As a home heating fuel dealer, you face many different operational risks. It’s important to provide your drivers and employees with the right safety and loss prevention training so they can deliver fuel safely and avoid losses such as spills, which can be difficult to clean and contain.
A spill can occur inside a home (generally in the basement), in an outbuilding or garage, or outside the home. The smell of fuel is also difficult to remove and often results in the need to renovate the entire basement or area where the spill began. If the fuel is not contained, it can spread into drainage systems and cause significant damage to bodies of water or drinking water supplies.
A fuel spill can be costly to your bottom line, your reputation, customers, and the environment. Our risk services experts have compiled the risk management tactics below to help your business understand what it can do to avoid this loss.
Guidelines for Fuel Dealer Drivers
Perform a proper physical and visual inspection
Before delivering the fuel, conduct an inspection to ensure that the tank does not have internal corrosion. Before you install the tank, inspect the home to ensure the pipes and filters are not leaking, and that there is no damage to piping due to falling objects. Here is what your inspection should consist of:
- A look at the outside tank, filter, valve, and piping before every delivery. Note that internal corrosion typically occurs near the legs and supports.
- A regular or annual look at the interior tanks and piping.
- Take note of overhanging ice, snow, ground movement and falling objects at the location of delivery.
Verify locations of home and fuel components
It’s important to confirm the client address before making the fuel delivery, as delivering fuel to the wrong home can result in large property losses. In addition, verify the location of the pipe, tanks, and other components related to the job. Other information you should have ahead of the delivery includes:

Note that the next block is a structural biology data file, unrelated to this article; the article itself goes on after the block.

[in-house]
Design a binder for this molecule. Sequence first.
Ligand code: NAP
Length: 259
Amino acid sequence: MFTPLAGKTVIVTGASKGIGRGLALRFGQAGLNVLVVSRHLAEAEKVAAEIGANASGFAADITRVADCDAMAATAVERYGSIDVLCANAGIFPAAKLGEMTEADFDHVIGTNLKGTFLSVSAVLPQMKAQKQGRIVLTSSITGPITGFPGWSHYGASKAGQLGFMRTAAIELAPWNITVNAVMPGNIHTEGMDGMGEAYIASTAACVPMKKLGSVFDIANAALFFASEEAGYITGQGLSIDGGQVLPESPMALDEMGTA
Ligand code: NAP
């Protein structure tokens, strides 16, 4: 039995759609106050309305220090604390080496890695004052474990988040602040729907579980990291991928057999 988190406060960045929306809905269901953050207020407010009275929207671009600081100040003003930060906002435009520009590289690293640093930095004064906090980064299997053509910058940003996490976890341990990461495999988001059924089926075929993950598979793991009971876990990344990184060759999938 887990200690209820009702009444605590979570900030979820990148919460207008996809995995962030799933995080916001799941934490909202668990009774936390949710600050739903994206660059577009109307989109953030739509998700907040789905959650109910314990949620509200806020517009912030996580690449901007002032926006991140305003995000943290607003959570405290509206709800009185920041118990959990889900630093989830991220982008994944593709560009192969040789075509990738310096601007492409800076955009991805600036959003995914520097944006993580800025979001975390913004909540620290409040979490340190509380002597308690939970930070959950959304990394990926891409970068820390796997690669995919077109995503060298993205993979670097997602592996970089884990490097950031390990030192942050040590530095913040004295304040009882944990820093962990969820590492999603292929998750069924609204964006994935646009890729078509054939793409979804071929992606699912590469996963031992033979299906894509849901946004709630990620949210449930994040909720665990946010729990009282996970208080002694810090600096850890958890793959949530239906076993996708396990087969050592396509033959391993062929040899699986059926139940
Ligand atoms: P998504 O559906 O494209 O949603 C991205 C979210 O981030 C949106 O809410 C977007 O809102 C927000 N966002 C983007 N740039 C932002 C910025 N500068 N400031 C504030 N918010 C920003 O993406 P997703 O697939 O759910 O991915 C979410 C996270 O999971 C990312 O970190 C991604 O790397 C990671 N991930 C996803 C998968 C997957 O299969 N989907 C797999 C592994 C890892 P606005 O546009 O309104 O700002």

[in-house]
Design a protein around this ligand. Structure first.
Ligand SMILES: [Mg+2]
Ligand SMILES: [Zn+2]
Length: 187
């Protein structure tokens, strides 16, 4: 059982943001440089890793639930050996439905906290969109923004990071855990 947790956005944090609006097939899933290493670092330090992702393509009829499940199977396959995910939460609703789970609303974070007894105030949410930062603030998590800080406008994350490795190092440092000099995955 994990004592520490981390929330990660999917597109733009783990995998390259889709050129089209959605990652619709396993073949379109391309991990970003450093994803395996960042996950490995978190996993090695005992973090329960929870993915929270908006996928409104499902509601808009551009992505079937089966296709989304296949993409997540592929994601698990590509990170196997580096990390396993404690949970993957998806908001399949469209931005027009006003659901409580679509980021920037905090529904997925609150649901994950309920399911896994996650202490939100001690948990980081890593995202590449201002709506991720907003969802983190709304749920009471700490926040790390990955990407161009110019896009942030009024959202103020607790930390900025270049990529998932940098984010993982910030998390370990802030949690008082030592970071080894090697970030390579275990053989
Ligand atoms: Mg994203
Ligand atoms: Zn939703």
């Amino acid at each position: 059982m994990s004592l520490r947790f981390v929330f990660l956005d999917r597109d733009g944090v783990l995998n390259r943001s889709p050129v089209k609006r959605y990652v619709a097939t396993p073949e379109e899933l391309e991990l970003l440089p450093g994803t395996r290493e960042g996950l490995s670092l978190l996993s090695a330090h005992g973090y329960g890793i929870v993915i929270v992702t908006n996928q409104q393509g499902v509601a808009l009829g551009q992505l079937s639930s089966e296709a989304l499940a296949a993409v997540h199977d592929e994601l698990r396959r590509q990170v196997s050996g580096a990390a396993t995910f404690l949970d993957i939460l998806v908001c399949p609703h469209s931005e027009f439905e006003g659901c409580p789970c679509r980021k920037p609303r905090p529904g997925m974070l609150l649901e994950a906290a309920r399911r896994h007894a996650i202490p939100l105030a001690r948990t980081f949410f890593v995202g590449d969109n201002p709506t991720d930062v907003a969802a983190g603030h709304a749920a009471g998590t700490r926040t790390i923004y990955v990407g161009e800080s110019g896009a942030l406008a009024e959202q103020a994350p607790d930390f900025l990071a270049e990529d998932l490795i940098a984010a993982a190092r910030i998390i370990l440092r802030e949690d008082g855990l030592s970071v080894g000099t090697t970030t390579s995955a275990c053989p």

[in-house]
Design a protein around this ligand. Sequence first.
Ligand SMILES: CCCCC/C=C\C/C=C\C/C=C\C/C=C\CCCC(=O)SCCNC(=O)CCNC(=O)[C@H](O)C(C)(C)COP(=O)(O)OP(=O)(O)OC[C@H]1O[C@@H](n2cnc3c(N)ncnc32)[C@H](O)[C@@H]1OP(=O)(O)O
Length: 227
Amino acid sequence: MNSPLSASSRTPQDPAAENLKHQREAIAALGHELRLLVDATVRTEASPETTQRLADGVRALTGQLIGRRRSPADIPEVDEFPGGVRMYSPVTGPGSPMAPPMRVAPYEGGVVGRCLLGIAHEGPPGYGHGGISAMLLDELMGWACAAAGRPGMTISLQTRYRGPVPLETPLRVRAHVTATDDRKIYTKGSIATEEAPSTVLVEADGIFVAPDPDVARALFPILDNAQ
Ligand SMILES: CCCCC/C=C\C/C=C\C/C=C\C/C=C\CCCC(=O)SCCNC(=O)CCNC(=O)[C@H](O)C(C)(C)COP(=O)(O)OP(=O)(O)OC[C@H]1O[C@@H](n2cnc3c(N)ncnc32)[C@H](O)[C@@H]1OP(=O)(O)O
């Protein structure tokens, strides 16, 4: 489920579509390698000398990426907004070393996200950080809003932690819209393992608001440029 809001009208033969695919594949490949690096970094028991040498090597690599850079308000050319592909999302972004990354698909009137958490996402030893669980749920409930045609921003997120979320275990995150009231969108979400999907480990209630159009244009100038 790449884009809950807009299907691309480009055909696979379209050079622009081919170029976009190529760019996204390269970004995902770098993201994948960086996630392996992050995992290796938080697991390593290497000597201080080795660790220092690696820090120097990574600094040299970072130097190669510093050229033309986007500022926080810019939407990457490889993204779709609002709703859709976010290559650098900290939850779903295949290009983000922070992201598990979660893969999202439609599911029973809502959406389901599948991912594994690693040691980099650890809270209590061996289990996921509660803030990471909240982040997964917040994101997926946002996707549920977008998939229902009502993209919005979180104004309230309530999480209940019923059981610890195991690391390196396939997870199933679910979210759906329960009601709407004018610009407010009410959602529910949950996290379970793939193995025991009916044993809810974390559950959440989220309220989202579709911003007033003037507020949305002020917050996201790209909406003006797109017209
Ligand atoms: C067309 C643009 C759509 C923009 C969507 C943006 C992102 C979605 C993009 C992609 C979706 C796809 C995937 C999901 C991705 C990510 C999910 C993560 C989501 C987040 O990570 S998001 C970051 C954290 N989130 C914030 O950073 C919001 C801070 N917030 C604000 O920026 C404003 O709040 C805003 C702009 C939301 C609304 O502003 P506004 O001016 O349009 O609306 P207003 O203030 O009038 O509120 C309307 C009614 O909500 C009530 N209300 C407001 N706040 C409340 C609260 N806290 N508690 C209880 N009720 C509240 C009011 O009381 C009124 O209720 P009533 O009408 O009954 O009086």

- Up-to-date client information.
- Updated automatic fill requests.
- Specific addresses (confirm this with the homeowner) and reference to past account reports with photos, diagrams, and descriptions of tanks or fill pipes.
Be confident that you have the correct home address and tank or fill pipe before starting the fill. If a whistle is not heard when fueling into a fill pipe, stop and investigate immediately. Make sure to properly decommission tanks, which includes capping the fill pipe or preferably removing the fill and vent pipes.
Prevent fuel overfills
There are a few ways you can help prevent fuel overfills, which can include overfilling of the tank, blow back at the fill pipe, and spills occurring between the truck and the tank or fill pipe.
- When filling a pipe for inside tanks, listen for a whistle as air is pushed out – it causes the whistle to sound if there is room for more oil. When the whistle stops, stop filling!
- Stop filling immediately if there are any indications of a whistle malfunction, and report for repair.
- Don’t leave the nozzle during the filling process.
- Pay attention to the hose and nozzle when moving to and from the filling area.
- Discretion Be careful when hauling the hose around obstacles.
- Always follow your business’ written policy and procedures when there is a malfunctioning whistle on an empty tank requiring an emergency fill.
All fuel drivers should receive proper training on how to perform the proper installation of fuel delivery and storage components, such as valves, fuel lines, and fuel filters. Train and provide resources for employees and subcontractors on processes and procedures for installation to ensure that everything is sealed before leaving the site. This reduces the risk of leakage and other forms of damage to equipment.
Fuel tank drivers play a critical role in preventing losses. Their expertise and physical presence on-site allows them to observe the situation and their surroundings, and then identify and resolve any issues.